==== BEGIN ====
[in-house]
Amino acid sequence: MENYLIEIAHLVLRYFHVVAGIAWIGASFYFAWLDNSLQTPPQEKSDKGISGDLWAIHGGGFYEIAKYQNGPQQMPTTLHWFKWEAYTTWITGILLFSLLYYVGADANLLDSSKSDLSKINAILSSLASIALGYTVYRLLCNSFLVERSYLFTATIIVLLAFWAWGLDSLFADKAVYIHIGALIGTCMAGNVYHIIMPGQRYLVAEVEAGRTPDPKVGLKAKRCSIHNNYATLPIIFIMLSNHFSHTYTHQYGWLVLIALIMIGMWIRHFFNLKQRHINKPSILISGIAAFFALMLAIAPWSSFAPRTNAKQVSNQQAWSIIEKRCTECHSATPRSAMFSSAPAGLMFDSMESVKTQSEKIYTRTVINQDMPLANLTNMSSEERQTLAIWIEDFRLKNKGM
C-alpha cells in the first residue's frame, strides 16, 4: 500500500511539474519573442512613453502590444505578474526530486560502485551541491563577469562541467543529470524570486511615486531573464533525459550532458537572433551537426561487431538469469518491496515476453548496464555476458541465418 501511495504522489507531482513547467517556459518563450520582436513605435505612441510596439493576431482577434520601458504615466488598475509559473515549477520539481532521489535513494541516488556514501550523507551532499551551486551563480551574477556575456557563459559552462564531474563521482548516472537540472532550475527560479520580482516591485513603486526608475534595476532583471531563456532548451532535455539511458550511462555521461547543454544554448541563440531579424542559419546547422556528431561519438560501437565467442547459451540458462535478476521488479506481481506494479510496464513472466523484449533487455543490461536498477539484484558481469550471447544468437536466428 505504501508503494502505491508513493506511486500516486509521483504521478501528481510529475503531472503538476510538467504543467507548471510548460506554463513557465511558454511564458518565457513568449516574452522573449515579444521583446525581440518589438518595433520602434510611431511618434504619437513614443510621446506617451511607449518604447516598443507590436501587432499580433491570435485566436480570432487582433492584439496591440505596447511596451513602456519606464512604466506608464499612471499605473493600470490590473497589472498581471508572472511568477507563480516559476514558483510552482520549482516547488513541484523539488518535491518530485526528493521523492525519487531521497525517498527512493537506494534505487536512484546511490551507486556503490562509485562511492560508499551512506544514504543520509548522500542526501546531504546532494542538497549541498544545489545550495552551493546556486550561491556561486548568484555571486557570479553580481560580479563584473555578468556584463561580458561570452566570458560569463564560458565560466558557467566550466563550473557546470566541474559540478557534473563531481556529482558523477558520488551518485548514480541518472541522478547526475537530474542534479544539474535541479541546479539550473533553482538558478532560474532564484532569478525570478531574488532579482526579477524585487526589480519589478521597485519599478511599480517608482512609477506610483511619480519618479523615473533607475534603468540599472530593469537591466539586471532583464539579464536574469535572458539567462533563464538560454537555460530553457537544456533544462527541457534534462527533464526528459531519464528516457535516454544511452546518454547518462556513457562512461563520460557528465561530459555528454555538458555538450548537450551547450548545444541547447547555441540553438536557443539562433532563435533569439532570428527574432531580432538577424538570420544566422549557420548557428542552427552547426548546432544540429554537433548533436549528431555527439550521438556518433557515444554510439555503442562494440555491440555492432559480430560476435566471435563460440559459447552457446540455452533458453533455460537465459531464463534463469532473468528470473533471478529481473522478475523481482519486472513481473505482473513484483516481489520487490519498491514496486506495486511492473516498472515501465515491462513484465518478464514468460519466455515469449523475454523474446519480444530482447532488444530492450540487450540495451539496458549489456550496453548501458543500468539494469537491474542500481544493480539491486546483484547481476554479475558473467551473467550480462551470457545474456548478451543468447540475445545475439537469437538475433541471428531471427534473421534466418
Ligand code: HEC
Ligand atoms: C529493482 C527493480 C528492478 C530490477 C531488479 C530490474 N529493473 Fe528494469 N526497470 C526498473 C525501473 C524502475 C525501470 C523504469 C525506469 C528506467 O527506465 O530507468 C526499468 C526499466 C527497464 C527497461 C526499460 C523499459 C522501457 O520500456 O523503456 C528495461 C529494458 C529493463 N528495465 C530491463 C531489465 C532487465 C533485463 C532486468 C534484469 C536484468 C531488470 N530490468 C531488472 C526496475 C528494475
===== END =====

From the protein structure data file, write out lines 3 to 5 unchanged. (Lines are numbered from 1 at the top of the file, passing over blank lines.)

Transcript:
C-alpha cells in the first residue's frame, strides 16, 4: 500500500511539474519573442512613453502590444505578474526530486560502485551541491563577469562541467543529470524570486511615486531573464533525459550532458537572433551537426561487431538469469518491496515476453548496464555476458541465418 501511495504522489507531482513547467517556459518563450520582436513605435505612441510596439493576431482577434520601458504615466488598475509559473515549477520539481532521489535513494541516488556514501550523507551532499551551486551563480551574477556575456557563459559552462564531474563521482548516472537540472532550475527560479520580482516591485513603486526608475534595476532583471531563456532548451532535455539511458550511462555521461547543454544554448541563440531579424542559419546547422556528431561519438560501437565467442547459451540458462535478476521488479506481481506494479510496464513472466523484449533487455543490461536498477539484484558481469550471447544468437536466428 505504501508503494502505491508513493506511486500516486509521483504521478501528481510529475503531472503538476510538467504543467507548471510548460506554463513557465511558454511564458518565457513568449516574452522573449515579444521583446525581440518589438518595433520602434510611431511618434504619437513614443510621446506617451511607449518604447516598443507590436501587432499580433491570435485566436480570432487582433492584439496591440505596447511596451513602456519606464512604466506608464499612471499605473493600470490590473497589472498581471508572472511568477507563480516559476514558483510552482520549482516547488513541484523539488518535491518530485526528493521523492525519487531521497525517498527512493537506494534505487536512484546511490551507486556503490562509485562511492560508499551512506544514504543520509548522500542526501546531504546532494542538497549541498544545489545550495552551493546556486550561491556561486548568484555571486557570479553580481560580479563584473555578468556584463561580458561570452566570458560569463564560458565560466558557467566550466563550473557546470566541474559540478557534473563531481556529482558523477558520488551518485548514480541518472541522478547526475537530474542534479544539474535541479541546479539550473533553482538558478532560474532564484532569478525570478531574488532579482526579477524585487526589480519589478521597485519599478511599480517608482512609477506610483511619480519618479523615473533607475534603468540599472530593469537591466539586471532583464539579464536574469535572458539567462533563464538560454537555460530553457537544456533544462527541457534534462527533464526528459531519464528516457535516454544511452546518454547518462556513457562512461563520460557528465561530459555528454555538458555538450548537450551547450548545444541547447547555441540553438536557443539562433532563435533569439532570428527574432531580432538577424538570420544566422549557420548557428542552427552547426548546432544540429554537433548533436549528431555527439550521438556518433557515444554510439555503442562494440555491440555492432559480430560476435566471435563460440559459447552457446540455452533458453533455460537465459531464463534463469532473468528470473533471478529481473522478475523481482519486472513481473505482473513484483516481489520487490519498491514496486506495486511492473516498472515501465515491462513484465518478464514468460519466455515469449523475454523474446519480444530482447532488444530492450540487450540495451539496458549489456550496453548501458543500468539494469537491474542500481544493480539491486546483484547481476554479475558473467551473467550480462551470457545474456548478451543468447540475445545475439537469437538475433541471428531471427534473421534466418
Ligand code: HEC
Ligand atoms: C529493482 C527493480 C528492478 C530490477 C531488479 C530490474 N529493473 Fe528494469 N526497470 C526498473 C525501473 C524502475 C525501470 C523504469 C525506469 C528506467 O527506465 O530507468 C526499468 C526499466 C527497464 C527497461 C526499460 C523499459 C522501457 O520500456 O523503456 C528495461 C529494458 C529493463 N528495465 C530491463 C531489465 C532487465 C533485463 C532486468 C534484469 C536484468 C531488470 N530490468 C531488472 C526496475 C528494475